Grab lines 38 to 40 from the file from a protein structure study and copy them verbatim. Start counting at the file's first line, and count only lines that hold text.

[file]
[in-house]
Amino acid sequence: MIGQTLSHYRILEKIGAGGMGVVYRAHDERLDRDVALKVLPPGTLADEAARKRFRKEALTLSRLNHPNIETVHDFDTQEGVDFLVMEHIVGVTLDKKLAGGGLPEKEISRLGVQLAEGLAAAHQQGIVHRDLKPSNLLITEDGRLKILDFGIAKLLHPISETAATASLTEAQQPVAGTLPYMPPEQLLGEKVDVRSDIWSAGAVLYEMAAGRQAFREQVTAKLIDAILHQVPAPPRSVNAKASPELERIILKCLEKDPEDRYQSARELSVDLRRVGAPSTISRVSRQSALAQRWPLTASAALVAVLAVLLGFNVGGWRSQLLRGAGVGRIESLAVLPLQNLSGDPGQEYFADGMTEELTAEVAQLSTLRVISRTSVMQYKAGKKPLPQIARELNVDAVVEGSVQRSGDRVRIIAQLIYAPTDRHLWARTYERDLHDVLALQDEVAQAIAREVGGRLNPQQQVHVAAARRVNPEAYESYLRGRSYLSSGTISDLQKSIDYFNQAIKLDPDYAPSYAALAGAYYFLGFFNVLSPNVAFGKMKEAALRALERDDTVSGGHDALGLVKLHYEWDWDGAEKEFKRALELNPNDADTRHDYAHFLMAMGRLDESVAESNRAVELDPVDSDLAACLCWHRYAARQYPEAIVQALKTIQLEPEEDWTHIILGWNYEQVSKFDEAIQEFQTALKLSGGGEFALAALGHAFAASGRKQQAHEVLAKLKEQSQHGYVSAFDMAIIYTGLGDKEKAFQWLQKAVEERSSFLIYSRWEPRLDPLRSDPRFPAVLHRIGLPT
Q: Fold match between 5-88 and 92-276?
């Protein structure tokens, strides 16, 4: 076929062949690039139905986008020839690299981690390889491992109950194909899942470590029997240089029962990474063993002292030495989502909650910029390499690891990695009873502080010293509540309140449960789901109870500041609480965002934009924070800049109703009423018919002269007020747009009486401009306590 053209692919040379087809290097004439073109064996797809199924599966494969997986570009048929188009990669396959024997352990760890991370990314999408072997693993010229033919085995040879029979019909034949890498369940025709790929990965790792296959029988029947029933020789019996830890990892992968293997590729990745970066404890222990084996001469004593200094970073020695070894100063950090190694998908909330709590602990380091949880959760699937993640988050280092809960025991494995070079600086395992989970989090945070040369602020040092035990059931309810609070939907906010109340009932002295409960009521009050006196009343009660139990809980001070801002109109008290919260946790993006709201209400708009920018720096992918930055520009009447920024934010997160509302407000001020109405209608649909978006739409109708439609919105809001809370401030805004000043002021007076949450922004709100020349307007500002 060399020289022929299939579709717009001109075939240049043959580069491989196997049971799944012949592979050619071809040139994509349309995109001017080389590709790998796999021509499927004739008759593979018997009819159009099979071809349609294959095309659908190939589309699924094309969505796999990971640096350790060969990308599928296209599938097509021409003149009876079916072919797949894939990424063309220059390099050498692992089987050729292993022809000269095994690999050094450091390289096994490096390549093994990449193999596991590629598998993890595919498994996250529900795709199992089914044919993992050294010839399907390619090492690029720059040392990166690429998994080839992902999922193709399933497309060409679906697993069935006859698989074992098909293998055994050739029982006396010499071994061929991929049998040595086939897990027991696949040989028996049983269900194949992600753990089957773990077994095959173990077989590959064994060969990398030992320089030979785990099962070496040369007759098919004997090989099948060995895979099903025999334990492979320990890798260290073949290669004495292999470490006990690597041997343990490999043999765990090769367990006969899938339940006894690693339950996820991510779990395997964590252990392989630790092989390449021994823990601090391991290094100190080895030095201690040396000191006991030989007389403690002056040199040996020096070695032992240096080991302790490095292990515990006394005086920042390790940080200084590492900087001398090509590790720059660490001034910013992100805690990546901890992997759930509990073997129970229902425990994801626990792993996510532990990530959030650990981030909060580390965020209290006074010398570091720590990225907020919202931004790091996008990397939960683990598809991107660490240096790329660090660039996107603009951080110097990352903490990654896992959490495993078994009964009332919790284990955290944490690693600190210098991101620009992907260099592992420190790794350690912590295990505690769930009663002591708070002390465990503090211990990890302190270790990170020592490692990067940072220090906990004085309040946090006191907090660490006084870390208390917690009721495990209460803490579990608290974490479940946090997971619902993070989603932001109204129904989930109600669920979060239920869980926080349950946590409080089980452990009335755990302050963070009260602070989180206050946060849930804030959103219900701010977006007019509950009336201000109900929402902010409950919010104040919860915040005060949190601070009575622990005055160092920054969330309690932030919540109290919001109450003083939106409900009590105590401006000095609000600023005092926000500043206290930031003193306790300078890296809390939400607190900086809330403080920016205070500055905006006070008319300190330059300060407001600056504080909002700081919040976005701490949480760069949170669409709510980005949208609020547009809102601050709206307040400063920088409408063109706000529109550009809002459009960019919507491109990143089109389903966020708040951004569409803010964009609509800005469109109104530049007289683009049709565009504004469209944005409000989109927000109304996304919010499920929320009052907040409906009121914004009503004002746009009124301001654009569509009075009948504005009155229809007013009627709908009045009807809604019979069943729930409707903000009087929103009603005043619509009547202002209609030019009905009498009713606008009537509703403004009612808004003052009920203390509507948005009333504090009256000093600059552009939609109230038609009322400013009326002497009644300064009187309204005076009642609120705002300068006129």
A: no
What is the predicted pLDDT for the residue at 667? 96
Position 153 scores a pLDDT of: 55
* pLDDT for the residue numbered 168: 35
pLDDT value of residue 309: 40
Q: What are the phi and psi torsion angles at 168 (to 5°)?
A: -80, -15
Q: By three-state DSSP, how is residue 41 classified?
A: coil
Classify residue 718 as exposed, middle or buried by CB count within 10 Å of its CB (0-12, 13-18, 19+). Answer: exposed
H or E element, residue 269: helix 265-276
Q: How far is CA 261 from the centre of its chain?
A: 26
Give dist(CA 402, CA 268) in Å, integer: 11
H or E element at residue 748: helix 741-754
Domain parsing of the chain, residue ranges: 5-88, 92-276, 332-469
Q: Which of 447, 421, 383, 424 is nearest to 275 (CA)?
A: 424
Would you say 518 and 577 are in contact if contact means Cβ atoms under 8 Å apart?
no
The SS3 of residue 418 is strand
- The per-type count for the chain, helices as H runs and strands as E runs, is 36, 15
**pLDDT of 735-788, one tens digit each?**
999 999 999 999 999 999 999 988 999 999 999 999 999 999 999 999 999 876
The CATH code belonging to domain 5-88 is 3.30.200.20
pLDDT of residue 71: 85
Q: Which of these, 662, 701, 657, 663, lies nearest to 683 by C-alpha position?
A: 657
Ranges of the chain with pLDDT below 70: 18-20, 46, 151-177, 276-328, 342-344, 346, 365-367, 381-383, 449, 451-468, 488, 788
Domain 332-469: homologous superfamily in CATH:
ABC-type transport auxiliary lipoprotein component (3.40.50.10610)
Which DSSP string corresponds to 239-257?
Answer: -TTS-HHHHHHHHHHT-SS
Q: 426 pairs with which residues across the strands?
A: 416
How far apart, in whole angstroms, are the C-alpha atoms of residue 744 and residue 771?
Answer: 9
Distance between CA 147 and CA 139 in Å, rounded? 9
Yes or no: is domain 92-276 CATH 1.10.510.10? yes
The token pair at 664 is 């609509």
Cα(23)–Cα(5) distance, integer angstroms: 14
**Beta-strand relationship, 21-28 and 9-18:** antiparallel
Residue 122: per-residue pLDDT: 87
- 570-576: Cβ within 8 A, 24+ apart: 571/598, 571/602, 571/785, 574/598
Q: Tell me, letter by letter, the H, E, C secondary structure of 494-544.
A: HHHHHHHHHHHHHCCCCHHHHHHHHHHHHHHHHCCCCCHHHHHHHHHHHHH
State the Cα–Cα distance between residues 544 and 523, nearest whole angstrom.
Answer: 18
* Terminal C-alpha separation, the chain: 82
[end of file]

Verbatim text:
Q: 426 pairs with which residues across the strands?
A: 416
How far apart, in whole angstroms, are the C-alpha atoms of residue 744 and residue 771?